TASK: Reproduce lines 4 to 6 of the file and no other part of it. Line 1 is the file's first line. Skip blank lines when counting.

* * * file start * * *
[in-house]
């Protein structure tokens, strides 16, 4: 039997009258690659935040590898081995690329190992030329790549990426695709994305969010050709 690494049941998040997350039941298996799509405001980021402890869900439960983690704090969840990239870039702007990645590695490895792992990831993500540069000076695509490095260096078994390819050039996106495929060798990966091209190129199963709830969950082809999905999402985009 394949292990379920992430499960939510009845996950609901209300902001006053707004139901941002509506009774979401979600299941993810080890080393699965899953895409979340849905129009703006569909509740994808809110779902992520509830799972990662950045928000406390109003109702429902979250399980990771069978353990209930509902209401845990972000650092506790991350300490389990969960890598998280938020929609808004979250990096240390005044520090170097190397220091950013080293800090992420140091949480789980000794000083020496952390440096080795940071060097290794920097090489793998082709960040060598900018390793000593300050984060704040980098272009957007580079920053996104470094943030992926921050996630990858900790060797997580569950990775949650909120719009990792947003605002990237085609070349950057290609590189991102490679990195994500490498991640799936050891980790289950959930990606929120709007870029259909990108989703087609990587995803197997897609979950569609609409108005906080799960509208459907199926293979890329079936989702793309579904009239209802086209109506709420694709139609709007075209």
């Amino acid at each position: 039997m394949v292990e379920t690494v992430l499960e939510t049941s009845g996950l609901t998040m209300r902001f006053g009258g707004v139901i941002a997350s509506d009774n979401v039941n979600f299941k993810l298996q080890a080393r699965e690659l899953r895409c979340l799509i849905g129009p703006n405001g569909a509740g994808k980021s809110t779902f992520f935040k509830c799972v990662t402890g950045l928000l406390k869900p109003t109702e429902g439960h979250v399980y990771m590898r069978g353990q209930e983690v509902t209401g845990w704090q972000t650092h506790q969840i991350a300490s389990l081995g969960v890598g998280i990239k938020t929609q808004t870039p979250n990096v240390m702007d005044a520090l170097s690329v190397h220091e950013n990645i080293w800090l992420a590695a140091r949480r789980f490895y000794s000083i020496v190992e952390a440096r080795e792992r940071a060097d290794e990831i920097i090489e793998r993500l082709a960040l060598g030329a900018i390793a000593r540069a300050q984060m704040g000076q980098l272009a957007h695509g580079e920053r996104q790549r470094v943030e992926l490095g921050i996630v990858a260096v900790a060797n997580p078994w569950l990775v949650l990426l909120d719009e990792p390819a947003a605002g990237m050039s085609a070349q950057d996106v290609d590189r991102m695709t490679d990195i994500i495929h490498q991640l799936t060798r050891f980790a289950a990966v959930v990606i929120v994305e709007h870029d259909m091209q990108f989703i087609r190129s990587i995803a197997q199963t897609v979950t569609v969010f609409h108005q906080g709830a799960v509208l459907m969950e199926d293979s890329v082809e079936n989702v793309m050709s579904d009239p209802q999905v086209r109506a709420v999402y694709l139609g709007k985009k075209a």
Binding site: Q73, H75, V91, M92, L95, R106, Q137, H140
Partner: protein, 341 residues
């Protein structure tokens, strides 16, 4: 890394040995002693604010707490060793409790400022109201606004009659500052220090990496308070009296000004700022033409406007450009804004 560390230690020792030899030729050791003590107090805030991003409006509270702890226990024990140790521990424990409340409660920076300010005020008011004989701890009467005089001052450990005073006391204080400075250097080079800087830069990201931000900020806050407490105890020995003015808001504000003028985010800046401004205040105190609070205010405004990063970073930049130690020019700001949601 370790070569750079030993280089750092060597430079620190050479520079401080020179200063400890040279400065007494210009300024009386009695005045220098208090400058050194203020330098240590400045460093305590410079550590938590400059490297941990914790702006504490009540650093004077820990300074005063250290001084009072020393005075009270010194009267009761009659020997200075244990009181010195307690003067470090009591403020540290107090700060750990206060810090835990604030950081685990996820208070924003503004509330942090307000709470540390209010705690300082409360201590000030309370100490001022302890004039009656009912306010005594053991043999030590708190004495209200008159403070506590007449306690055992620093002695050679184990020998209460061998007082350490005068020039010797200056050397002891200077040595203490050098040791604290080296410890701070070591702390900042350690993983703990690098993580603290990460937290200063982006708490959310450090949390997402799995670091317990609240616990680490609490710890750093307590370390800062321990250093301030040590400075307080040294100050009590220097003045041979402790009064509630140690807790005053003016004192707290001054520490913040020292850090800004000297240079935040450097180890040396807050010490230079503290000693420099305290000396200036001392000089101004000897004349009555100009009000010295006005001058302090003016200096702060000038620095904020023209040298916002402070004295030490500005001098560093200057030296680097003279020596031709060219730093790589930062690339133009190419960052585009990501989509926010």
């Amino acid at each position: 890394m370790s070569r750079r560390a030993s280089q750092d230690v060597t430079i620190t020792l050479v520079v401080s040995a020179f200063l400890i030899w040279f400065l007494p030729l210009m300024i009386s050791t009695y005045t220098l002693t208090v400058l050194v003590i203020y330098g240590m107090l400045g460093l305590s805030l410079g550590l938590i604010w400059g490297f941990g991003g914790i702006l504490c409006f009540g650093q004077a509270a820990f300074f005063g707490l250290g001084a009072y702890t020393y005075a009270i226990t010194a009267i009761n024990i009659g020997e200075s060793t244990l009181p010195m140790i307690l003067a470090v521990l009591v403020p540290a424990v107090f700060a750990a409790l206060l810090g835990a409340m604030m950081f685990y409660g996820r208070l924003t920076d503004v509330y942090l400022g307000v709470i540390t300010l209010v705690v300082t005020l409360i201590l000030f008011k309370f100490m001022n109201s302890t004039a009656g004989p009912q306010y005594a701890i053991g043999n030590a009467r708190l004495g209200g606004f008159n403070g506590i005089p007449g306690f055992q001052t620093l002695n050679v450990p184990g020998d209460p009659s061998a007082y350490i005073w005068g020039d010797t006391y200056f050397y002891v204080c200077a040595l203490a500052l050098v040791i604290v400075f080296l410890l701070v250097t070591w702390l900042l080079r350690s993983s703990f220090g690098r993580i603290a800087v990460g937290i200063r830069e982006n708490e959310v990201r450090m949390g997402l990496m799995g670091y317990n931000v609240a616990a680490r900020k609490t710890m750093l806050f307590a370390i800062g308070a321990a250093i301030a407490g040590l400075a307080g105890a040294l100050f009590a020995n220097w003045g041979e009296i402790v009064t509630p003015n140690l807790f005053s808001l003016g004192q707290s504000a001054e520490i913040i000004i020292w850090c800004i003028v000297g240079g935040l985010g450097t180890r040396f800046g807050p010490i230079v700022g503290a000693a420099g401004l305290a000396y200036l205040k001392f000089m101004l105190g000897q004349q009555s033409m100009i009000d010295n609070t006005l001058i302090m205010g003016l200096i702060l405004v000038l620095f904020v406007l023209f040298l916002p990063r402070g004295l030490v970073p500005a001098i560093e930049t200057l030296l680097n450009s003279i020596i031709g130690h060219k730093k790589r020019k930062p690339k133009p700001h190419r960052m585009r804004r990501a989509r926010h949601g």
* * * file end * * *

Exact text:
Binding site: Q73, H75, V91, M92, L95, R106, Q137, H140
Partner: protein, 341 residues
């Protein structure tokens, strides 16, 4: 890394040995002693604010707490060793409790400022109201606004009659500052220090990496308070009296000004700022033409406007450009804004 560390230690020792030899030729050791003590107090805030991003409006509270702890226990024990140790521990424990409340409660920076300010005020008011004989701890009467005089001052450990005073006391204080400075250097080079800087830069990201931000900020806050407490105890020995003015808001504000003028985010800046401004205040105190609070205010405004990063970073930049130690020019700001949601 370790070569750079030993280089750092060597430079620190050479520079401080020179200063400890040279400065007494210009300024009386009695005045220098208090400058050194203020330098240590400045460093305590410079550590938590400059490297941990914790702006504490009540650093004077820990300074005063250290001084009072020393005075009270010194009267009761009659020997200075244990009181010195307690003067470090009591403020540290107090700060750990206060810090835990604030950081685990996820208070924003503004509330942090307000709470540390209010705690300082409360201590000030309370100490001022302890004039009656009912306010005594053991043999030590708190004495209200008159403070506590007449306690055992620093002695050679184990020998209460061998007082350490005068020039010797200056050397002891200077040595203490050098040791604290080296410890701070070591702390900042350690993983703990690098993580603290990460937290200063982006708490959310450090949390997402799995670091317990609240616990680490609490710890750093307590370390800062321990250093301030040590400075307080040294100050009590220097003045041979402790009064509630140690807790005053003016004192707290001054520490913040020292850090800004000297240079935040450097180890040396807050010490230079503290000693420099305290000396200036001392000089101004000897004349009555100009009000010295006005001058302090003016200096702060000038620095904020023209040298916002402070004295030490500005001098560093200057030296680097003279020596031709060219730093790589930062690339133009190419960052585009990501989509926010």